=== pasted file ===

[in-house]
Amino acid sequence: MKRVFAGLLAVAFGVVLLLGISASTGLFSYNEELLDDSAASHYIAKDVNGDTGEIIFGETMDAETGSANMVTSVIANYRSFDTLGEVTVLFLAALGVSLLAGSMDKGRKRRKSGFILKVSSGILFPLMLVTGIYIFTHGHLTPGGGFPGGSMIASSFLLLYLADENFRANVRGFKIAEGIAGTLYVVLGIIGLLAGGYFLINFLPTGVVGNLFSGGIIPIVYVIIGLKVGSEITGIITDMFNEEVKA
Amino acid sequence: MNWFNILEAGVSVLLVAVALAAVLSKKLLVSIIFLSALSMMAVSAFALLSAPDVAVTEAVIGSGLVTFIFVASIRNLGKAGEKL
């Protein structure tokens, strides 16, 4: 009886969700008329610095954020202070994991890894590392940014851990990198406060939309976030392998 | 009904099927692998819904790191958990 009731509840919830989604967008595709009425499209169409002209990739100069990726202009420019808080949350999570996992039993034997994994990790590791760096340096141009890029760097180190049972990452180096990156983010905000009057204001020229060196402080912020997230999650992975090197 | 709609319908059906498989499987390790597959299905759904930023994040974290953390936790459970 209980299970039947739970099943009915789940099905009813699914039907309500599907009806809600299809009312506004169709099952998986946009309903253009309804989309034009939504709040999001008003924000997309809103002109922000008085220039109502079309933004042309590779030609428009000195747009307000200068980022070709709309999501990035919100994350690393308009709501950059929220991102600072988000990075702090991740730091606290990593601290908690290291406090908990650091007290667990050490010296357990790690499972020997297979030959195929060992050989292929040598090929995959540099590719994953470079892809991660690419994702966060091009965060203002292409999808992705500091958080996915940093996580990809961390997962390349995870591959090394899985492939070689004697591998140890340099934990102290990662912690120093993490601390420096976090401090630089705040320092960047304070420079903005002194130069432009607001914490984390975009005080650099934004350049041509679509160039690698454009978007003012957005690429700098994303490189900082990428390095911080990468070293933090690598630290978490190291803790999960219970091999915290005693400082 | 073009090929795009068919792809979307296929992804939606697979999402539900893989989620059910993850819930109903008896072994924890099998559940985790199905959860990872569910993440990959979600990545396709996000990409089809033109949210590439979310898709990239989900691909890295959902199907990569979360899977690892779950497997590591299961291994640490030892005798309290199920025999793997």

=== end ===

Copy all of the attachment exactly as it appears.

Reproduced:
[in-house]
Amino acid sequence: MKRVFAGLLAVAFGVVLLLGISASTGLFSYNEELLDDSAASHYIAKDVNGDTGEIIFGETMDAETGSANMVTSVIANYRSFDTLGEVTVLFLAALGVSLLAGSMDKGRKRRKSGFILKVSSGILFPLMLVTGIYIFTHGHLTPGGGFPGGSMIASSFLLLYLADENFRANVRGFKIAEGIAGTLYVVLGIIGLLAGGYFLINFLPTGVVGNLFSGGIIPIVYVIIGLKVGSEITGIITDMFNEEVKA
Amino acid sequence: MNWFNILEAGVSVLLVAVALAAVLSKKLLVSIIFLSALSMMAVSAFALLSAPDVAVTEAVIGSGLVTFIFVASIRNLGKAGEKL
């Protein structure tokens, strides 16, 4: 009886969700008329610095954020202070994991890894590392940014851990990198406060939309976030392998 | 009904099927692998819904790191958990 009731509840919830989604967008595709009425499209169409002209990739100069990726202009420019808080949350999570996992039993034997994994990790590791760096340096141009890029760097180190049972990452180096990156983010905000009057204001020229060196402080912020997230999650992975090197 | 709609319908059906498989499987390790597959299905759904930023994040974290953390936790459970 209980299970039947739970099943009915789940099905009813699914039907309500599907009806809600299809009312506004169709099952998986946009309903253009309804989309034009939504709040999001008003924000997309809103002109922000008085220039109502079309933004042309590779030609428009000195747009307000200068980022070709709309999501990035919100994350690393308009709501950059929220991102600072988000990075702090991740730091606290990593601290908690290291406090908990650091007290667990050490010296357990790690499972020997297979030959195929060992050989292929040598090929995959540099590719994953470079892809991660690419994702966060091009965060203002292409999808992705500091958080996915940093996580990809961390997962390349995870591959090394899985492939070689004697591998140890340099934990102290990662912690120093993490601390420096976090401090630089705040320092960047304070420079903005002194130069432009607001914490984390975009005080650099934004350049041509679509160039690698454009978007003012957005690429700098994303490189900082990428390095911080990468070293933090690598630290978490190291803790999960219970091999915290005693400082 | 073009090929795009068919792809979307296929992804939606697979999402539900893989989620059910993850819930109903008896072994924890099998559940985790199905959860990872569910993440990959979600990545396709996000990409089809033109949210590439979310898709990239989900691909890295959902199907990569979360899977690892779950497997590591299961291994640490030892005798309290199920025999793997």